But they can get it. Companies do it all the time. That's why you have a backup.

Not just for disaster recovery, sometimes a person deletes something and you need to get it back.

Even if they have to fully restore the exchange server they can do it on different hardware. Hell - they can restore to a VM if they have server running vmware. The small company I work for (with 90 employees)can do these things, but the IRS can't? Bull****.

The ease of it being done is dependent on how they back up. But how easy should be irrelevant at this point. Just do it.

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AI Wessex
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Yes, but what is the point of complaining when a robust backup strategy *isn't* followed? To legitimize that disbelief rather than accept it necessitates claiming fraud. That's where some people want to go so they dismiss the more benign, but plausible, explanation. These democrats are unbelievably clever purveyors of perfidy! Look how many things they anticipated and thwarted even before anyone could have known the importance of these damnded emails. Curses!

[ August 26, 2014, 05:28 PM: Message edited by: AI Wessex ]

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TomDavidson
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To the point, I just want to observe that her Blackberry would not have had a separate cache of emails; and therefore, when it was destroyed, nothing new would have been lost.
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scifibum
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quote:
The ease of it being done is dependent on how they back up. But how easy should be irrelevant at this point. Just do it.
What exists that can be restored is a question that I don't think is actually answered by the twice or thrice removed hearsay that Rafi was reacting to.

Yes, the government along with every big organization should make disaster recovery backups, and (depending on how competent, well funded, or careful they are) largely do. I imagine the attorney that talked to Fitton's attorney has heard about this.

But we've already heard from people in the IT organization that they don't have backups for the emails in question, because the retention period for those particular backups was short.

Why should the lawyer's knowledge of a general disaster recovery capability tell us that the IT people were wrong about whether they possess the backups in question?

[ August 26, 2014, 06:08 PM: Message edited by: scifibum ]

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LetterRip
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As the wise monk said ... we'll see.

If it turns out the backups exist, excellent - we can find whether anything improper or incriminating exists in the missing emails.

From the articles I've found, this sounds like the Judicial Watch attorney simply misunderstood what was being said.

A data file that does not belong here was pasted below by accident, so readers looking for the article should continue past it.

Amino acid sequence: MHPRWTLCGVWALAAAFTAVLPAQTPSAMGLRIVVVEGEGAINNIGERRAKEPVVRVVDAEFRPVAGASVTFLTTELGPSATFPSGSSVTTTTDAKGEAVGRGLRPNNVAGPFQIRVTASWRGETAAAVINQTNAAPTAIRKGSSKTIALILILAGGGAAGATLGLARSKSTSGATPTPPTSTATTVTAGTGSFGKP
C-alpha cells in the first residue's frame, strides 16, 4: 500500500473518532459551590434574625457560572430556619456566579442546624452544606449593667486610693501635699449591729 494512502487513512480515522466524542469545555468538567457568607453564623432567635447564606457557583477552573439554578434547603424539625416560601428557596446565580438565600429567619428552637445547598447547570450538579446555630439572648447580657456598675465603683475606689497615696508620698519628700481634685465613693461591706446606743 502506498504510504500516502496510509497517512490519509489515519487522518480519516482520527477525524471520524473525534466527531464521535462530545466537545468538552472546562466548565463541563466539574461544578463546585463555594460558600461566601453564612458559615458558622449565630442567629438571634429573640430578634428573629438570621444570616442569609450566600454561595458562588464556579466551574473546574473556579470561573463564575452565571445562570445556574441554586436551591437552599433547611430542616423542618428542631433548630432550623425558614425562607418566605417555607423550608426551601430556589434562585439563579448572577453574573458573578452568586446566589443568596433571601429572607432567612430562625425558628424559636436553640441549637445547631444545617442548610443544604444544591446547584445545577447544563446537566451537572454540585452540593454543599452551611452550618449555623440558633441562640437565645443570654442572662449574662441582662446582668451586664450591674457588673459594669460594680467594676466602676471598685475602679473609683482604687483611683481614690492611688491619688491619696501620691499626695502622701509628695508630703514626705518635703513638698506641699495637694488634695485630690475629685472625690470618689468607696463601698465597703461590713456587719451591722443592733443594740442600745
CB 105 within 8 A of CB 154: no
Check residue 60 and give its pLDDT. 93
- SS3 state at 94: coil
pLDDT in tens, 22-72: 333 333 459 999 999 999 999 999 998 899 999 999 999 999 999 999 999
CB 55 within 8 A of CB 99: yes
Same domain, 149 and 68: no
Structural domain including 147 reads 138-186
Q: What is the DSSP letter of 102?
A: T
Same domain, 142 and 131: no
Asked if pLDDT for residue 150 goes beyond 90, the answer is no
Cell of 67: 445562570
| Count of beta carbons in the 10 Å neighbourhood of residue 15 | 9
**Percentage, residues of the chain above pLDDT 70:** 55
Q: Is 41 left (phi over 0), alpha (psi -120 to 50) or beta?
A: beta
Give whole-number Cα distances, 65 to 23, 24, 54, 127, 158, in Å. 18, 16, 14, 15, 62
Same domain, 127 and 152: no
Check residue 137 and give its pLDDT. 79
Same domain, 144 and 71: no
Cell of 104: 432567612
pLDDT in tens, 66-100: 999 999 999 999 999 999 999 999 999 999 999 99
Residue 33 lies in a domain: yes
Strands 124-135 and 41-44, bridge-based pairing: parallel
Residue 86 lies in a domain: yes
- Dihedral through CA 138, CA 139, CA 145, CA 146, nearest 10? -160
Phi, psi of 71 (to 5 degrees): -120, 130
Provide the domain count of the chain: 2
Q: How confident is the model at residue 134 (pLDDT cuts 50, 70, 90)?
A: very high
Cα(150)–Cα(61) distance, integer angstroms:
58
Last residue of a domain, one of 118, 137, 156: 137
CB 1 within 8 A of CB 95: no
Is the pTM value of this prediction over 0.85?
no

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scifibum
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Yes, it would be good if they can retrieve copies of all the lost emails, whatever they show. I think I'm just getting impatient with the "omg conspiracy" angle to which any dubious fact seems to end up bent.
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sfallmann
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quote:
Originally posted by TomDavidson:
To the point, I just want to observe that her Blackberry would not have had a separate cache of emails; and therefore, when it was destroyed, nothing new would have been lost.

I agree completely. There might have been text messages or something saved, but I don't believe that's what all the bitching is about. Concerning email: the device, application - whatever - is not really relevant.
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sfallmann
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quote:
Originally posted by scifibum:
Yes, it would be good if they can retrieve copies of all the lost emails, whatever they show. I think I'm just getting impatient with the "omg conspiracy" angle to which any dubious fact seems to end up bent.

The feet dragging and changing stories make it appear that there is something dubious.

I don't necessarily believe anything would be found. Maybe they are dragging their feet as a F.U to Issa. Perhaps it is a cover up, but it's a cover up at the IRS without the White House being implicated.

We just don't know, but the actions make them appear like they are covering up something.

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AI Wessex
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quote:
Originally posted by LetterRip:
As the wise monk said ... we'll see.

If it turns out the backups exist, excellent - we can find whether anything improper or incriminating exists in the missing emails.